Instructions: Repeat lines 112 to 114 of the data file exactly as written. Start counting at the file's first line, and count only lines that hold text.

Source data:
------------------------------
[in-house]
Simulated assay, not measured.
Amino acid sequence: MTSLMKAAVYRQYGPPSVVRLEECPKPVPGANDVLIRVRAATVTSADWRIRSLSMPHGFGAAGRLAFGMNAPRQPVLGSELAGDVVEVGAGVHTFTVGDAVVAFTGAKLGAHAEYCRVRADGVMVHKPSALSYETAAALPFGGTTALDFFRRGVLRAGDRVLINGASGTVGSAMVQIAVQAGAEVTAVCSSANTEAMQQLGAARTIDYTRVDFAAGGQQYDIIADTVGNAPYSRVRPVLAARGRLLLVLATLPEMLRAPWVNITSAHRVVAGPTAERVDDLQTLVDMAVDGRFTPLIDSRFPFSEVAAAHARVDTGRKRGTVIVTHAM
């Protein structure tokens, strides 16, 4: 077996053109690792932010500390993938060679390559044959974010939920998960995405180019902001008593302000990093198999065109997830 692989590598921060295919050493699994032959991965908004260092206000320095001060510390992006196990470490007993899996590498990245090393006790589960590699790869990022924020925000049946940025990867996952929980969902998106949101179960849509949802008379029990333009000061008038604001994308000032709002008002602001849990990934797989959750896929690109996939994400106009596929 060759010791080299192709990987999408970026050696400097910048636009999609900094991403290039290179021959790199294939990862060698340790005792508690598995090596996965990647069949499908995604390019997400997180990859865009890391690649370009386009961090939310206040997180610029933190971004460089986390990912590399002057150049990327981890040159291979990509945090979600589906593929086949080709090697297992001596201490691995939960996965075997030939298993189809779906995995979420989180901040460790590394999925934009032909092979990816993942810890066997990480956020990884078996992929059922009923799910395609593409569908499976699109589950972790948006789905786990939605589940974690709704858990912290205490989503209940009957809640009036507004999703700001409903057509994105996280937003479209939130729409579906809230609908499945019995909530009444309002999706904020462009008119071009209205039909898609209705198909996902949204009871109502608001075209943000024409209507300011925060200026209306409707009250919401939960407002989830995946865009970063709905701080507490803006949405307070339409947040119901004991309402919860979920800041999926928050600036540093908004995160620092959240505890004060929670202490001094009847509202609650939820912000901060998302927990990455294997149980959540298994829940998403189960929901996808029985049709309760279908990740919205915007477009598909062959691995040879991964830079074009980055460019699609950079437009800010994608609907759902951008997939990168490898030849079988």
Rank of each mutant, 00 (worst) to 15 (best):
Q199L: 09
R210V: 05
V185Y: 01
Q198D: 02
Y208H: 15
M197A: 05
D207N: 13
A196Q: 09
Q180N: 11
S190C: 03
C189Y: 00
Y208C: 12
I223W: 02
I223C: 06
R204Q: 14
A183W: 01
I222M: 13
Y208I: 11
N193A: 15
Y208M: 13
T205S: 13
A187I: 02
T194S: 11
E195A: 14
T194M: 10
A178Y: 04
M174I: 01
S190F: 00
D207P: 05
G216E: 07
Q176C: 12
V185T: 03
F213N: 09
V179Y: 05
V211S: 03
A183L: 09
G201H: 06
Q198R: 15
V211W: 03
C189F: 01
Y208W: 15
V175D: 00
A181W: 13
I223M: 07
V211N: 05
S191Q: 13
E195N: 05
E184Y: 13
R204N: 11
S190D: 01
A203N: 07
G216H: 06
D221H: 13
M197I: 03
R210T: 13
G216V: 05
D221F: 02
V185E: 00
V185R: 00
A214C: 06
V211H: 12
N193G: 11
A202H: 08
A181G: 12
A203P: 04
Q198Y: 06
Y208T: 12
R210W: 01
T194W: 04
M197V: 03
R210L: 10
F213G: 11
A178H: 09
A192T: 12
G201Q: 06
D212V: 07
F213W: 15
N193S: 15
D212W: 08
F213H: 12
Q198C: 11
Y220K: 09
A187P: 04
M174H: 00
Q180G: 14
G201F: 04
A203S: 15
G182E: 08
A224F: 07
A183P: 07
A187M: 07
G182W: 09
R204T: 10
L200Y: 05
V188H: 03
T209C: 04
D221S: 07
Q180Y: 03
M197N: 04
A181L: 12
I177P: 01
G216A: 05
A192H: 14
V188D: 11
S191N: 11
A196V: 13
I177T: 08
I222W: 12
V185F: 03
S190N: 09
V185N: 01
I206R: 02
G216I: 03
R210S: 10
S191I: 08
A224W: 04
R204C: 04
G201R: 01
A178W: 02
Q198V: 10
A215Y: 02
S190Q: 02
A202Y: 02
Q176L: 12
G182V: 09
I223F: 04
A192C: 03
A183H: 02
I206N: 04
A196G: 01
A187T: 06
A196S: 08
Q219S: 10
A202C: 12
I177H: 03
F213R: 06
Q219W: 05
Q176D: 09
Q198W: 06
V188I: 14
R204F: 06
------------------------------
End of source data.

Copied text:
I177T: 08
I222W: 12
V185F: 03